This month’s Republican primary election will determine which of three candidates will face independent Evan McMullin in the race for U.S. Senate in November.

But how do Becky Edwards, Ally Isom and Sen. Mike Lee stack up against McMullin if the general election were held today?

A new Deseret News/Hinckley Institute of Politics poll shows Lee and Edwards with slight edges over McMullin, though a large chunk of Utah voters — more than a third in an Edwards-McMullin matchup — are undecided. Utahns were more decisive if the election were to pit Lee against McMullin.

McMullin has a larger lead over Isom, but the survey found more than a third of voters don’t know who they would choose in that race. And though Isom trails McMullin by double digits in the poll, the bottom line is that the race for Senate in Utah could be one of the most competitive in decades with so many undecided voters up for grabs.

In an unprecedented move, the Utah Democratic Party voted to not advance a candidate in the Senate race and threw its support behind McMullin.

“This is turning out to be a highly competitive race and it’s because of how unique these candidates are. This will be the first time that, in effect, we’re going to see a general election with two Republican candidates,” said Jason Perry, director of the Hinckley Institute of Politics at the University of Utah. McMullin previously affiliated with the Republican Party.

The campaigns for all four candidates weighed in on the poll results, mostly taking shots at each other and especially at the incumbent Lee, who is seeking a third term.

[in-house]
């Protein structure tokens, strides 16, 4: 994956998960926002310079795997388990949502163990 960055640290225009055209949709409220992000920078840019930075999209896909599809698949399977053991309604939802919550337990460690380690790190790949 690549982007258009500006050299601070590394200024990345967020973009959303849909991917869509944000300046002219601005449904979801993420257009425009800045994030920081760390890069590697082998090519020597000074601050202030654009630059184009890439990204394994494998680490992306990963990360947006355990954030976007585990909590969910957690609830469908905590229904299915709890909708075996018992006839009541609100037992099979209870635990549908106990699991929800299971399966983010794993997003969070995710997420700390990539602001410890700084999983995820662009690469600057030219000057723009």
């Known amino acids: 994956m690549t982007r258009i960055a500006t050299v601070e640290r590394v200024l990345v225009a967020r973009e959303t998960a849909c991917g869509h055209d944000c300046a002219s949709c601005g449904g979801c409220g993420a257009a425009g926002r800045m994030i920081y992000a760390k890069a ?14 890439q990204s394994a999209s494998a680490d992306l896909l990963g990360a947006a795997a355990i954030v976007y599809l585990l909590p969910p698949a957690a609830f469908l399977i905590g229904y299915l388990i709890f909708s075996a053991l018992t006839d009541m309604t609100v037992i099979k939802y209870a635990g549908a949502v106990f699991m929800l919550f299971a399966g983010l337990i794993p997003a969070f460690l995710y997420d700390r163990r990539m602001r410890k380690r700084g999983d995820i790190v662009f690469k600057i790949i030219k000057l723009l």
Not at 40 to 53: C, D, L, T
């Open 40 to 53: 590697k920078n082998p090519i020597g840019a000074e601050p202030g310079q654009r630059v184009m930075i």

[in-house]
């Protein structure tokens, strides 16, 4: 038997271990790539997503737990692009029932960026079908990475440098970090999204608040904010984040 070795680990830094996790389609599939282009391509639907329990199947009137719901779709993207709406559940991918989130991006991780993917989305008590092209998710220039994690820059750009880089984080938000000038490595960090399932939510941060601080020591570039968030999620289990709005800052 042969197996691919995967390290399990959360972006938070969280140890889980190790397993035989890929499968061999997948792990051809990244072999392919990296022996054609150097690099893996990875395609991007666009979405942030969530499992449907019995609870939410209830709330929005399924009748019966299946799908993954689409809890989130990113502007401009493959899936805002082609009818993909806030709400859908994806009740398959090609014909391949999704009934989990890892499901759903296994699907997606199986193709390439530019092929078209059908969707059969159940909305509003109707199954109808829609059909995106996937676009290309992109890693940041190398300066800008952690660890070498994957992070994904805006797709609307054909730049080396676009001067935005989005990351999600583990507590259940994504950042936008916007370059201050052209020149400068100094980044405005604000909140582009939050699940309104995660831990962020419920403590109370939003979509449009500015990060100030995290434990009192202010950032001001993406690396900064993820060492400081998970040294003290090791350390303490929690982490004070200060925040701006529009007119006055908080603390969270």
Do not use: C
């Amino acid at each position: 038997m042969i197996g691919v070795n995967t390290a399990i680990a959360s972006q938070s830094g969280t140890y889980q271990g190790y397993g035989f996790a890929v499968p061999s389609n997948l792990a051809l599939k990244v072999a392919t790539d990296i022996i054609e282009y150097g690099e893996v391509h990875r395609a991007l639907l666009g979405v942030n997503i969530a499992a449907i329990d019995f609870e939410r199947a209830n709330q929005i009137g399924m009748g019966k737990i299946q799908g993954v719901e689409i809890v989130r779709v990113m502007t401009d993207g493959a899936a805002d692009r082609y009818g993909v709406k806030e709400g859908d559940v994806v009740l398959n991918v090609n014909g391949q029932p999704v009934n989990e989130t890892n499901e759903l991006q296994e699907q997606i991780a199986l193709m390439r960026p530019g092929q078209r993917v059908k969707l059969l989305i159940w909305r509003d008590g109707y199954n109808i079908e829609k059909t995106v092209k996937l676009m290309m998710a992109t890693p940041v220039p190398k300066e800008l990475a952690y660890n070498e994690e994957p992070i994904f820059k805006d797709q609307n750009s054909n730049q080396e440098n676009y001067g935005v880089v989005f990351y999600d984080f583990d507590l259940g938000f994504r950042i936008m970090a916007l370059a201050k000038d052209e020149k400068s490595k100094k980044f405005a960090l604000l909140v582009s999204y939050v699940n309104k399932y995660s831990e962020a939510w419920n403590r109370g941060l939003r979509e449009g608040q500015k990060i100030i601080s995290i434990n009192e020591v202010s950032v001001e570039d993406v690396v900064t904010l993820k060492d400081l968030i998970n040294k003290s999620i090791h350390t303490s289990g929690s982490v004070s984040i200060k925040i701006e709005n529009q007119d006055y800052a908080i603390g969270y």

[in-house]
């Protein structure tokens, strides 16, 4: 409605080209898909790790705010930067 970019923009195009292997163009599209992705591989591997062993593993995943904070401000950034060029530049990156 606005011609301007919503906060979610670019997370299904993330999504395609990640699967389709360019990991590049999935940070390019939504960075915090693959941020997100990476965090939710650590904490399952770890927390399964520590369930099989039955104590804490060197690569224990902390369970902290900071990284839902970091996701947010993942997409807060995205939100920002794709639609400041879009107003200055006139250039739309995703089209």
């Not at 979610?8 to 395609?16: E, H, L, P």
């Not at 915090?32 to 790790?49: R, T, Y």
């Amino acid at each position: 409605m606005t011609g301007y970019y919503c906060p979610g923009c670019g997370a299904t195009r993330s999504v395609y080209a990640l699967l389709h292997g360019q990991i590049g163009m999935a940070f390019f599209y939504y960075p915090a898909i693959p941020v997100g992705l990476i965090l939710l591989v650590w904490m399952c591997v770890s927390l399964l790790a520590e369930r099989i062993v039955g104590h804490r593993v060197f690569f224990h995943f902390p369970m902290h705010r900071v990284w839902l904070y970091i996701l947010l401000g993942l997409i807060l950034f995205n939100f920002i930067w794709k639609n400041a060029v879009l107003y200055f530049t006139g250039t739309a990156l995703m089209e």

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“People who vote in November for the United States Senate are essentially picking between two candidates that by all accounts would be called Republicans,” Perry said. “That is why we are seeing the race so close at this point.”

In the poll, 41% of Utahns would vote for Lee and 37% for McMullin in a general election. Another 19% don’t know who they would vote for, while 4% would choose someone else. Two third-party candidates have qualified for the November ballot.

Edwards led McMullin 29% to 28% in a head-to-head contest, according to the poll. But 37% of voters were undecided.

An Isom-McMullin matchup found McMullin getting 34% of the vote and Isom 23%, with 36% saying they don’t know.

Dan Jones & Associates conducted the poll of 810 registered voters in Utah from May 24 to June 4. It has a margin of error of plus or minus 3.46 percentage points.

The poll results show Lee has a modest lead right now over McMullin, but Edwards also appeals to voters when Lee is not in the equation, and Isom a little less so.

“What that tells me is Republican voters are paying close attention, not just to the party but to the individuals, particularly when the menu largely is Republicans,” Perry said. “There’s just no pure reliable Republican vote. Republicans are discerning. Whoever gets before them will have to win those votes.”

Lee is the favorite to take the June 28 GOP primary election. Mail-in ballots went out Tuesday. In an earlier Deseret News/Hinckley Institute poll, Lee had a substantial lead over Edwards and Isom, though less than half of those likely Republican primary voters would pick him.